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Librarians' Picks: Monster Hunt and a History of Cheese

Montgomery County librarians pick their favorites and popular selections from the public library system.

What's on your reading list? Montgomery County librarians share their recommendations. Tell us in the comments what you're reading this week.

Children’s Fiction 

Llama Llama Time to Share by Anna Dewdney

Viking, 2012

Picture Book

Ages 3 to 5

Llama Llama faces more drama when he is expected to share his toys with a visitor. Will he be able to do it?

Llama Llama fans may also enjoy a song on YouTube (even if it’s captioned with the wrong book title).

http://www.youtube.com/watch?v=Yt4Tb2WCmmo

 

A Home for Bird by Philip Stead

Roaring Brook Press, 6/5/2012

Picture Book

Ages 3 to 6

While out foraging for interesting things, Vernon the toad finds a new friend - a small blue bird who is curiously silent. Vernon shows Bird the river and the forest and some of his other favorite things, but Bird says nothing. Vernon introduces Bird to his friends, Skunk and Porcupine, but Bird still says nothing.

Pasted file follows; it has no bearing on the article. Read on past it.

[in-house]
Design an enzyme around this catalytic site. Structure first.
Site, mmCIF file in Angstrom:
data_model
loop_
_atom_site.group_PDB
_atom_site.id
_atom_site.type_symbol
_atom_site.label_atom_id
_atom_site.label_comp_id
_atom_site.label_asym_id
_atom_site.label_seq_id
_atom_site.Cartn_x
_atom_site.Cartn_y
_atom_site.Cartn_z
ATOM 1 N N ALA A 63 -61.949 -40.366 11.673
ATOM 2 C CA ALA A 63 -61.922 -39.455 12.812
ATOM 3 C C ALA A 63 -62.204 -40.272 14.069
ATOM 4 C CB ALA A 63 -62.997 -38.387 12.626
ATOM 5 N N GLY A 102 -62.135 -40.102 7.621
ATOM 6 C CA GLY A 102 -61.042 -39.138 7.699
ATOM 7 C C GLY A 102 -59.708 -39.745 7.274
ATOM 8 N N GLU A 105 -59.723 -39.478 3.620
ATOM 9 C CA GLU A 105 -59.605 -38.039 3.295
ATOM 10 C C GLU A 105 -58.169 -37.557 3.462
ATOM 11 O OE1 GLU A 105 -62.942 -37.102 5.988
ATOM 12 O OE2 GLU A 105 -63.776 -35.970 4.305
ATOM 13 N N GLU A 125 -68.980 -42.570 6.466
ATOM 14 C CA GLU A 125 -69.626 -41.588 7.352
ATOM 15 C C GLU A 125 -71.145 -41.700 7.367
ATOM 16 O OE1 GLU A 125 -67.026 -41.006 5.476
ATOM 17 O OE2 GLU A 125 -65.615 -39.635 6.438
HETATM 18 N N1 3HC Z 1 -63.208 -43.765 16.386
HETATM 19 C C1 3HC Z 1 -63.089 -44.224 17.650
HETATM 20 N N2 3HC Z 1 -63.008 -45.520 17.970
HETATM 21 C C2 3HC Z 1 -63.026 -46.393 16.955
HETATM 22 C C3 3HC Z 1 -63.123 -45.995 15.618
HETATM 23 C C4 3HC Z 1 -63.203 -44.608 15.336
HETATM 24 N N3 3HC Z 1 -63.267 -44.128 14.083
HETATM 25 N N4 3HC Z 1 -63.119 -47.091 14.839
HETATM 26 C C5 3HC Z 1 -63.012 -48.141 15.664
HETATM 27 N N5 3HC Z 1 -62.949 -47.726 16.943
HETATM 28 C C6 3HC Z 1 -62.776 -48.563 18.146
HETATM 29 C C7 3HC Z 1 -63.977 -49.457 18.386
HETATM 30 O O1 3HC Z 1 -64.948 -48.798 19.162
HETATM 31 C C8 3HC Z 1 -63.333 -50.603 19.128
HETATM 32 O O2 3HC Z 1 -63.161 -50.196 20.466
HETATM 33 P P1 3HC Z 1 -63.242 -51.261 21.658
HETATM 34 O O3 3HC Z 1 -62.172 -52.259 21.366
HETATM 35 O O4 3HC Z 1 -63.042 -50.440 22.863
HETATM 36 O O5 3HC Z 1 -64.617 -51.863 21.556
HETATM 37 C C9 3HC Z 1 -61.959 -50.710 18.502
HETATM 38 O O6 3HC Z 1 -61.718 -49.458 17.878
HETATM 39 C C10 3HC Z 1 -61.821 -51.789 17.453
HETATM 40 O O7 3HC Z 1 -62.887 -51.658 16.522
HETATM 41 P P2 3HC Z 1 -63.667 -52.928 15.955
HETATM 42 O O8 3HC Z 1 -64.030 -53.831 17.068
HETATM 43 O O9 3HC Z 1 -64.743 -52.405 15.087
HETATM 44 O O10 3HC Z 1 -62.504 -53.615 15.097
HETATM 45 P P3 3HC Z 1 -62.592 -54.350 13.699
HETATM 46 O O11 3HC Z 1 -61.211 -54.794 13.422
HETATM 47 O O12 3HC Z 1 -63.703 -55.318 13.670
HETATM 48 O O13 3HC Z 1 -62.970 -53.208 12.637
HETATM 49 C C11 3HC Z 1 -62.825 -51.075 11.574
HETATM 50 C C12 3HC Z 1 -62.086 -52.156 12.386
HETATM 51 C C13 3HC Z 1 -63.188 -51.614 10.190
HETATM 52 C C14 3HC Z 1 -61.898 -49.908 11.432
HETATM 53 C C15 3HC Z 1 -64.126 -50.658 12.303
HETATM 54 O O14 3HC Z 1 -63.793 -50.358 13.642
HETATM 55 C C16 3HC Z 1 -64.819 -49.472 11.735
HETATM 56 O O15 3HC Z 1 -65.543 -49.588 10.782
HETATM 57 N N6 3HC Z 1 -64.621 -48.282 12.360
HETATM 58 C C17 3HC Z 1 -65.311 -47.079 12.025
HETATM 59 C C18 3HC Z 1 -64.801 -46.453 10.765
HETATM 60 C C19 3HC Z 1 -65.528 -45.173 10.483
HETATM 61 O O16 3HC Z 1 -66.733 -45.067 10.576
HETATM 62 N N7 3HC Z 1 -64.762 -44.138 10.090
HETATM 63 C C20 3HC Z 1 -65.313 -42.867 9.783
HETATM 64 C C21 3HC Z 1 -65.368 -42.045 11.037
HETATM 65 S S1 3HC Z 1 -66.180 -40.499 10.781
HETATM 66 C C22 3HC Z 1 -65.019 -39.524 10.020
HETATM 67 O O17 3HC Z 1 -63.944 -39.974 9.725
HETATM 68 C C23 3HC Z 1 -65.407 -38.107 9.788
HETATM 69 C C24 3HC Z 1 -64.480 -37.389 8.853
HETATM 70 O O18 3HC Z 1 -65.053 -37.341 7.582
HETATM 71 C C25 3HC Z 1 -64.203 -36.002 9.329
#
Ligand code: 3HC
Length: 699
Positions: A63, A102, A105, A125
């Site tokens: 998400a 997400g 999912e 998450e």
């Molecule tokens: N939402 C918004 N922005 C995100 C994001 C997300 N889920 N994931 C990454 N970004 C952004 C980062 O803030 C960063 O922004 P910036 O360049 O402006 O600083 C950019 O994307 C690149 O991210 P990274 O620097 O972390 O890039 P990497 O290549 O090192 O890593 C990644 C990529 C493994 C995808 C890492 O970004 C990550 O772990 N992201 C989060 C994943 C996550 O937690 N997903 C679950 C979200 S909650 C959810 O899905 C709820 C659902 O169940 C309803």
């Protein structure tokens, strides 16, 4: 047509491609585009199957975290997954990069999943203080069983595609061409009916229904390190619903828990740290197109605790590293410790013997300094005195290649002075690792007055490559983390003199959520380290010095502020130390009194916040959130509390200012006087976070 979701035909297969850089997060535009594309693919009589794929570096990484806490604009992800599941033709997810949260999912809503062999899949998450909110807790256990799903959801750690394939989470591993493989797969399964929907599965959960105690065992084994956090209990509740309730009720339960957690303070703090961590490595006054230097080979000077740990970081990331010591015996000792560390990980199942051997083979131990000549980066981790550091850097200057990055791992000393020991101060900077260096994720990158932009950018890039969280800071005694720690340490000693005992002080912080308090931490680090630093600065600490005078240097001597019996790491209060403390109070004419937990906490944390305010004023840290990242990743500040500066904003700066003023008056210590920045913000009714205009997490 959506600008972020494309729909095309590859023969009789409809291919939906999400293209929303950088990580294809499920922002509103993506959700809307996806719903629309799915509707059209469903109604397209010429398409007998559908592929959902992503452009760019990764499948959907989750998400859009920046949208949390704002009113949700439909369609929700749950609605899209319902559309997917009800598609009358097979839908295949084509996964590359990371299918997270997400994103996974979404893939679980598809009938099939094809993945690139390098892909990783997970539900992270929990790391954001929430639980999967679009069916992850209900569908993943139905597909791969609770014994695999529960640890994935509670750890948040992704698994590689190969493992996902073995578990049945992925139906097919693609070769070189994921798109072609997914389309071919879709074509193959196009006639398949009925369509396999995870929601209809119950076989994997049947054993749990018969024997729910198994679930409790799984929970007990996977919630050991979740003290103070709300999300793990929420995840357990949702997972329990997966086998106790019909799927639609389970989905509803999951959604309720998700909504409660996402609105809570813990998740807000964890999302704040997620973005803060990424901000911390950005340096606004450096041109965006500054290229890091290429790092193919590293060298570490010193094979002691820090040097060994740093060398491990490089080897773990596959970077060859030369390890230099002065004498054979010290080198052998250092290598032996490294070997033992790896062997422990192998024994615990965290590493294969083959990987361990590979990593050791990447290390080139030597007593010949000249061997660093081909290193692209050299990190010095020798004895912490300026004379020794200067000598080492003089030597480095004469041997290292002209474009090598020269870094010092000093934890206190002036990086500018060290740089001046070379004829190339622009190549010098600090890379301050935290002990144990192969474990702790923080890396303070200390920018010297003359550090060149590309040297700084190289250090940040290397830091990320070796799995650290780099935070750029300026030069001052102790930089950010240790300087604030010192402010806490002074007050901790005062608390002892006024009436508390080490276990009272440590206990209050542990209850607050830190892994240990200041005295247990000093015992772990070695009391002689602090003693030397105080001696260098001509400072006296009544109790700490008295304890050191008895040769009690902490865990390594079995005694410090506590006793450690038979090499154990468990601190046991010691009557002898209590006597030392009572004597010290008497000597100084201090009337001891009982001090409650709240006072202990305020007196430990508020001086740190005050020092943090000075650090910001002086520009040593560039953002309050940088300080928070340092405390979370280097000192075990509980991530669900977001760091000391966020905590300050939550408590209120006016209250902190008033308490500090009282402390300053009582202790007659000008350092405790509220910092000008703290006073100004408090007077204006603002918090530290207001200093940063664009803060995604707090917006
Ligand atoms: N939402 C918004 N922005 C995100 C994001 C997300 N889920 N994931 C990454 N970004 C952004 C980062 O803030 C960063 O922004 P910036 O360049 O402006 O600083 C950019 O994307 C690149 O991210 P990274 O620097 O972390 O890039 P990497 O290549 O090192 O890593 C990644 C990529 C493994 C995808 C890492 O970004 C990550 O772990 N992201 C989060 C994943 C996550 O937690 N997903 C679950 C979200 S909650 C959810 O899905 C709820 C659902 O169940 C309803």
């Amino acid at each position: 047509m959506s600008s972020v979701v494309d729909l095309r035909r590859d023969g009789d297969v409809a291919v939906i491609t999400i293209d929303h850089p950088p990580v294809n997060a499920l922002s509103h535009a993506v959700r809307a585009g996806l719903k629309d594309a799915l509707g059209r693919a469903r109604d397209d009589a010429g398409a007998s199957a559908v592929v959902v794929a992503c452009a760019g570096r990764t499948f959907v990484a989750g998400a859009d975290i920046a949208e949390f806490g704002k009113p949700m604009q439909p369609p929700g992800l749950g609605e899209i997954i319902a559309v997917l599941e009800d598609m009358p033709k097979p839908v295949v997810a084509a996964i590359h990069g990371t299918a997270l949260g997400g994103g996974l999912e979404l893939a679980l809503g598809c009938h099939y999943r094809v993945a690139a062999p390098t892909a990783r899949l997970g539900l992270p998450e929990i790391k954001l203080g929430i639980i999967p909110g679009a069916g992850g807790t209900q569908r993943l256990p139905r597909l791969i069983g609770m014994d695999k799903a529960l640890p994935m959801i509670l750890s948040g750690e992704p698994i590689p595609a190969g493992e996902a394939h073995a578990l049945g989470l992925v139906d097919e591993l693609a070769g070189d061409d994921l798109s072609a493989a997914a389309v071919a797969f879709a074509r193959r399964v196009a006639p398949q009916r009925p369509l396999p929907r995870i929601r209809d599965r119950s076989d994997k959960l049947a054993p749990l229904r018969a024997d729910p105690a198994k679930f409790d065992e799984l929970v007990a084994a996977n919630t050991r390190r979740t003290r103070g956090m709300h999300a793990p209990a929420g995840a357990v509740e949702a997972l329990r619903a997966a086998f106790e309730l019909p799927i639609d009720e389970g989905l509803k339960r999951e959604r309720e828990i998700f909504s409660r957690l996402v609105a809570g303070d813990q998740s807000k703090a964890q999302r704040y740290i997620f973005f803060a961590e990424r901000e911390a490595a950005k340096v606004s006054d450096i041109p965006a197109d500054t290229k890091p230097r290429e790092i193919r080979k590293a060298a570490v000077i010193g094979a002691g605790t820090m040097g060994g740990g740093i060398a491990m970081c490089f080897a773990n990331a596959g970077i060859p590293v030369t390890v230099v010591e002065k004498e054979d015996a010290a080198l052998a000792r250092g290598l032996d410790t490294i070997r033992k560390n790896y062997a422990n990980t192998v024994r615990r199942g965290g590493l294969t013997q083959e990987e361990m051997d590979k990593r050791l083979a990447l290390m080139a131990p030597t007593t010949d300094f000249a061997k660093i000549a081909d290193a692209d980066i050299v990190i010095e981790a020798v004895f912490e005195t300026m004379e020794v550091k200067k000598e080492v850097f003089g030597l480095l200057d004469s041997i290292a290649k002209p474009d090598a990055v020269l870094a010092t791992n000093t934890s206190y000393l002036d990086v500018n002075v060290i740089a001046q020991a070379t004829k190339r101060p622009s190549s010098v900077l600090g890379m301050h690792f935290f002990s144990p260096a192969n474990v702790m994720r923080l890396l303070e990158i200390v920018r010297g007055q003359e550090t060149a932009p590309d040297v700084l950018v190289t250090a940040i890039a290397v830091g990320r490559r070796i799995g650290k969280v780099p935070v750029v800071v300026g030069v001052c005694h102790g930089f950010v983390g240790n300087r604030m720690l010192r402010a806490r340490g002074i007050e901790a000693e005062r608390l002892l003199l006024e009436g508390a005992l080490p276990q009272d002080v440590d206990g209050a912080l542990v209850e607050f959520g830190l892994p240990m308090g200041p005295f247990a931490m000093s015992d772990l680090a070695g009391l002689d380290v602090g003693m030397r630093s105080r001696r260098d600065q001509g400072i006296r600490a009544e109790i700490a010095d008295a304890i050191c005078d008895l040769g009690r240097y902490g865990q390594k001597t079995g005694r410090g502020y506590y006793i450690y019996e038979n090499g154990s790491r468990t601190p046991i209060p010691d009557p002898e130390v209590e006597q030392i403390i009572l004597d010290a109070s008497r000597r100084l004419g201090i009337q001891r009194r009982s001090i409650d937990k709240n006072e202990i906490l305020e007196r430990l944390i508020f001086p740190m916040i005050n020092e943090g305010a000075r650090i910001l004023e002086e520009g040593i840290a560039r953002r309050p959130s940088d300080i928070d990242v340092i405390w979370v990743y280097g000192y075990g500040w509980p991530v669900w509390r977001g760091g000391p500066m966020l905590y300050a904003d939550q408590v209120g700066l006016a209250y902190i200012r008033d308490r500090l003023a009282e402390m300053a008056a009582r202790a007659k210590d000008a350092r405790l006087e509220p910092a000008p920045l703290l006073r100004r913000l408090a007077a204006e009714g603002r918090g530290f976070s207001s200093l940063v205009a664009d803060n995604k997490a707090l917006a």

"Bird is shy," says Vernon, "but also a very good listener."

Vernon worries that Bird is silent because he misses his home, so the two set off on a journey to help find a home for Bird.

By the author of A Sick Day for Amos McGee, winner of the 2011 Caldecott Medal.

 

Children’s Non-Fiction

HELLO, BABY BELUGA by Darrin P. Lunde

J 599.5 LUN, Preschool-Grade 1

The youngest animal lovers will learn about the beluga whale using a question and answer format. “Baby beluga, how do you live in the cold water?” Additional facts are included at the back of the book. For example, these whales are never fully asleep-parts of their brains take turns staying awake!